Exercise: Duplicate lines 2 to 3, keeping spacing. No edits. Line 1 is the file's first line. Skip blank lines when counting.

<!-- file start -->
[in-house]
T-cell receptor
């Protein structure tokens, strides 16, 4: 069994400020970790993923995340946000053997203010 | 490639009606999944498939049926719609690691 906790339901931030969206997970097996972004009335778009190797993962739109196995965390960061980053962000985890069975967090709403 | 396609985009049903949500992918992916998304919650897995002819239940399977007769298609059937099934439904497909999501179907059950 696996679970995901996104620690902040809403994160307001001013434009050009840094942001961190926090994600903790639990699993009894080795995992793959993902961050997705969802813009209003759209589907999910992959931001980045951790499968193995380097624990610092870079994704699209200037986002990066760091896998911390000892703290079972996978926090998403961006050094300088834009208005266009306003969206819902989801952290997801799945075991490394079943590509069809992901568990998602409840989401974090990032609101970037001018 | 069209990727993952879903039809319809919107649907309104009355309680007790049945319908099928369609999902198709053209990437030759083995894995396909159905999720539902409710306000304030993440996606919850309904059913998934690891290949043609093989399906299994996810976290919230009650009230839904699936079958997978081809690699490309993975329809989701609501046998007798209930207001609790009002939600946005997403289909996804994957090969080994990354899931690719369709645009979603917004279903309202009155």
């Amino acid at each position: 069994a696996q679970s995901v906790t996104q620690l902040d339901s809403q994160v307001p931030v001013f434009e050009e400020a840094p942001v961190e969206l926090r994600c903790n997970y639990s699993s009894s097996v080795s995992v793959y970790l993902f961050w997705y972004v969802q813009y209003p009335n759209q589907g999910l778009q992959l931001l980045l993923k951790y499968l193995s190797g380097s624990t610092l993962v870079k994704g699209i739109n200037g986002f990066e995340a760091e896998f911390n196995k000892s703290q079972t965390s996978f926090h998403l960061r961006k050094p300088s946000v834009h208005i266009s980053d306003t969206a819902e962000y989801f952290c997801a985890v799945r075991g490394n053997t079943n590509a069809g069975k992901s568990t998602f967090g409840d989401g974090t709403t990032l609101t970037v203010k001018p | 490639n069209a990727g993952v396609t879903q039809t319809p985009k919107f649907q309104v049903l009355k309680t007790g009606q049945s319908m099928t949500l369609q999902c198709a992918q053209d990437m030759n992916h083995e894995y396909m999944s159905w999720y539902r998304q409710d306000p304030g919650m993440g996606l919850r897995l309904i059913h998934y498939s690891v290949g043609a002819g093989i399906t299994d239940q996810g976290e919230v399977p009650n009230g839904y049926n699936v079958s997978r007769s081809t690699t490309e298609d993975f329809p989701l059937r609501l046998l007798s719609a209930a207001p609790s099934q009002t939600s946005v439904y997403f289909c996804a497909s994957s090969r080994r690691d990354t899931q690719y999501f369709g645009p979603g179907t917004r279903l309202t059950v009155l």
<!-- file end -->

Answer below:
T-cell receptor
């Protein structure tokens, strides 16, 4: 069994400020970790993923995340946000053997203010 | 490639009606999944498939049926719609690691 906790339901931030969206997970097996972004009335778009190797993962739109196995965390960061980053962000985890069975967090709403 | 396609985009049903949500992918992916998304919650897995002819239940399977007769298609059937099934439904497909999501179907059950 696996679970995901996104620690902040809403994160307001001013434009050009840094942001961190926090994600903790639990699993009894080795995992793959993902961050997705969802813009209003759209589907999910992959931001980045951790499968193995380097624990610092870079994704699209200037986002990066760091896998911390000892703290079972996978926090998403961006050094300088834009208005266009306003969206819902989801952290997801799945075991490394079943590509069809992901568990998602409840989401974090990032609101970037001018 | 069209990727993952879903039809319809919107649907309104009355309680007790049945319908099928369609999902198709053209990437030759083995894995396909159905999720539902409710306000304030993440996606919850309904059913998934690891290949043609093989399906299994996810976290919230009650009230839904699936079958997978081809690699490309993975329809989701609501046998007798209930207001609790009002939600946005997403289909996804994957090969080994990354899931690719369709645009979603917004279903309202009155």